In 2019, three police officials were dismissed for an alleged P5-million extortion case in connection with the purchase of body cameras for the police.
Sen. Panfilo Lacson, a former PNP chief, said the President’s “absence of trust” in the PNP is a serious matter especially at this time that the commander-in-chief has yet to name the replacement of retired Gen. Oscar Albayalde who stepped down as PNP chief last October 13 after he was linked to the “ninja cops” scandal.
The PNP is now run by Lt. Gen. Archie Gamboa, the deputy PNP chief for administration, in his capacity as officer-in-charge.
Days after Albayalde stepped down, Año endorsed three names as possible replacement: Gamboa, the PNP’s number two man; Lt. Gen. Camilo Cascolan, the deputy PNP chief for operations (number three man); and Lt. Gen. Guillermo Eleazar, the chief directorial staff (number four man).
“I think kapag ganyan na pinapakita ang displeasure, not only displeasure, not only lack of trust but absence of trust, I think what the President is waiting for right now is to hear from the more senior officers to just volunteer to opt for early retirement to give the President the free hand to choose, magkaroon ng (so there will be) deep selection,” Lacson said.
Lacson said the President’s decision to expand the list of candidates down to one-star police general as the next PNP chief indicated he was not happy and satisfied with the senior officers.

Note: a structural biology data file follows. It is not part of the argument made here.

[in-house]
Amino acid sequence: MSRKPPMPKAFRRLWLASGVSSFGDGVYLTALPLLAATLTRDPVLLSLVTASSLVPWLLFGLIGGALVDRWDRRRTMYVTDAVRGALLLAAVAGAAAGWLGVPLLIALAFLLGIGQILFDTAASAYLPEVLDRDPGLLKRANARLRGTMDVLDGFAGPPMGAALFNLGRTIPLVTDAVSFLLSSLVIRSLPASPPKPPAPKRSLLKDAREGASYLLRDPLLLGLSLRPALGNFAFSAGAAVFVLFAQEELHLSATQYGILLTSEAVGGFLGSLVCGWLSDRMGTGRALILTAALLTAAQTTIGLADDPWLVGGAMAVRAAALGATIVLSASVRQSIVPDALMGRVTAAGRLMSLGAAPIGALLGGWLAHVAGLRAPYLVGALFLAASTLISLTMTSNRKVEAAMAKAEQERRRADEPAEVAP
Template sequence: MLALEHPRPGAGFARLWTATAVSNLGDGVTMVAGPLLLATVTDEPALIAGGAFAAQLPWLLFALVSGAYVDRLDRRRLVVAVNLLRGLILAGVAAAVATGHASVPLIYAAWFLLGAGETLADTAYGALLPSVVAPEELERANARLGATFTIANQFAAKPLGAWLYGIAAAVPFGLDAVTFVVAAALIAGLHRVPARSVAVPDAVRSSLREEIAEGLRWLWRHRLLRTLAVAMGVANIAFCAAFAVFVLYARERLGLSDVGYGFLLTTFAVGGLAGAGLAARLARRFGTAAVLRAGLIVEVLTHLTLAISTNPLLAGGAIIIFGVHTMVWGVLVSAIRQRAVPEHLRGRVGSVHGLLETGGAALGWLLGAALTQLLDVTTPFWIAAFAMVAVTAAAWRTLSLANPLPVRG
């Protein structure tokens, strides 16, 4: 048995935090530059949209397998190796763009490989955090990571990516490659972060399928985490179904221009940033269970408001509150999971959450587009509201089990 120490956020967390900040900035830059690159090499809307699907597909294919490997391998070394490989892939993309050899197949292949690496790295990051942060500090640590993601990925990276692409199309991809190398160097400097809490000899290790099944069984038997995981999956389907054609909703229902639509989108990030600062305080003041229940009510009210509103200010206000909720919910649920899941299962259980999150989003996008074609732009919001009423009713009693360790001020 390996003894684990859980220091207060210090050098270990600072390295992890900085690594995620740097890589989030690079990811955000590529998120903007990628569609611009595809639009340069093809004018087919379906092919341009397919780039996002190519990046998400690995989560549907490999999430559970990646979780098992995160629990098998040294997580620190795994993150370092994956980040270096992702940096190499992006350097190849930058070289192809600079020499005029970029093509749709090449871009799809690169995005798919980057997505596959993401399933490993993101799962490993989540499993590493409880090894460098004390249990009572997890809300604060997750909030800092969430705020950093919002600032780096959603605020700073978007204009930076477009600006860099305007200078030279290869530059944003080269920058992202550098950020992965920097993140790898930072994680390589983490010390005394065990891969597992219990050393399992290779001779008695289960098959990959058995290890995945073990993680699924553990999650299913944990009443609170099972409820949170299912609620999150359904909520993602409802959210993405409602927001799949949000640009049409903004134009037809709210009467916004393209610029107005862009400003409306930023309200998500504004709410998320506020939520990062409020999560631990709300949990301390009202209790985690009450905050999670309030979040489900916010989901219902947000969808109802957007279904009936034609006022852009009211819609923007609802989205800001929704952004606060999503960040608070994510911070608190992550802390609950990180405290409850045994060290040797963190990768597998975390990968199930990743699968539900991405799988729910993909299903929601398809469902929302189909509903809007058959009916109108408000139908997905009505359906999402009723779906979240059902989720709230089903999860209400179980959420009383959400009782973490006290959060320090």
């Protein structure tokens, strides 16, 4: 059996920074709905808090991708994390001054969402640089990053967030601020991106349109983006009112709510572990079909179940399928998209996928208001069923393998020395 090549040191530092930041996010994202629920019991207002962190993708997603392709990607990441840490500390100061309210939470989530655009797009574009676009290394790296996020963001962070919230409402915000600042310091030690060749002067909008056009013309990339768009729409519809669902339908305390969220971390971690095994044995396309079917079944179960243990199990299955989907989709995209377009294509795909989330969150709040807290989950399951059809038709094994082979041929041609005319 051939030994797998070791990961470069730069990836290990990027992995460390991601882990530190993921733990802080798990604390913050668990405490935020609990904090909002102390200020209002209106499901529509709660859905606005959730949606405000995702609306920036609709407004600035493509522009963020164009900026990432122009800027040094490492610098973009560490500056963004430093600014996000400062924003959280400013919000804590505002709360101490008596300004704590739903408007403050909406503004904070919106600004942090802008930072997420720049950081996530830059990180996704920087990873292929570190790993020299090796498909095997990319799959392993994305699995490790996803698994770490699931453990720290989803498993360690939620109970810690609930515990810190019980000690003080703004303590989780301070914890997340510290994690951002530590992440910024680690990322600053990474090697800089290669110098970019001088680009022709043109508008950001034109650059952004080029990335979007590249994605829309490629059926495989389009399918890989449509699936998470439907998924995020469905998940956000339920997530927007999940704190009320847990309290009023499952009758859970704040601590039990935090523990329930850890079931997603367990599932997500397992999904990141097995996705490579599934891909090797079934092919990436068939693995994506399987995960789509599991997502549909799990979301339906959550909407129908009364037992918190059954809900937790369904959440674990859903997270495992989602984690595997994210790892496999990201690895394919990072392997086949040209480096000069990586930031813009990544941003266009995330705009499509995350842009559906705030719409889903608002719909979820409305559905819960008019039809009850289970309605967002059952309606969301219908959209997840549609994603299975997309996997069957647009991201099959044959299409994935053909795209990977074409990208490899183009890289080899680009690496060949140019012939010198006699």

“So I think they should think it over kung ganito ang gesture na pinapakita ng Presidente, ng kanilang boss, baka naghihintay na lang ang Pangulo na mag-volunteer na lang ang top-ranking na sige, Sir mag-tender kami ng either resignation or early retirement. Anyway hindi na rin apektado ang kanilang pension kung few months na lang sila sa serbisyo. At pag 3-star ka na, ang pension mo 4-star na rin, ‘yan na maximum, wala nang pension na 5-star.
(So I think they should seriously consider the gestures of the President. Maybe the President, who is their boss, is just waiting for the senior officers to volunteer ,‘Okay sir, we will just tender either our resignation or early retirement.’ Anyway, their pensions will not be affected anymore with them with a few more months in service. If you retire as a three-star general, your pension will be equal to a four-star general because that is the maximum rank for policemen. There is no pension equivalent to a five-star general),” he added.
Lacson said he empathizes with the President in stripping the procurement powers of the PNP since the Chief Executive has been frustrated as he has always been supportive of the uniformed services.
“We cannot blame the President to feel that way. Regarding the legality of withdrawing, I think the President can always do that as long as RA 9184, the procurement law, will not be violated. And rightly so kasi kung may ganoong misbehavior when it involves public funds, dapat lang talaga alisin ang authority (And rightly so because if there are misbehaviors. When it involves public funds, it is proper to remove them the authority),” he also said.
He said the PNP should focus on punitive measures rather than concentrate on ways to prevent procurement irregularities now that Congress has allotted P2 billion a year for the PNP for its capability enhancement programs.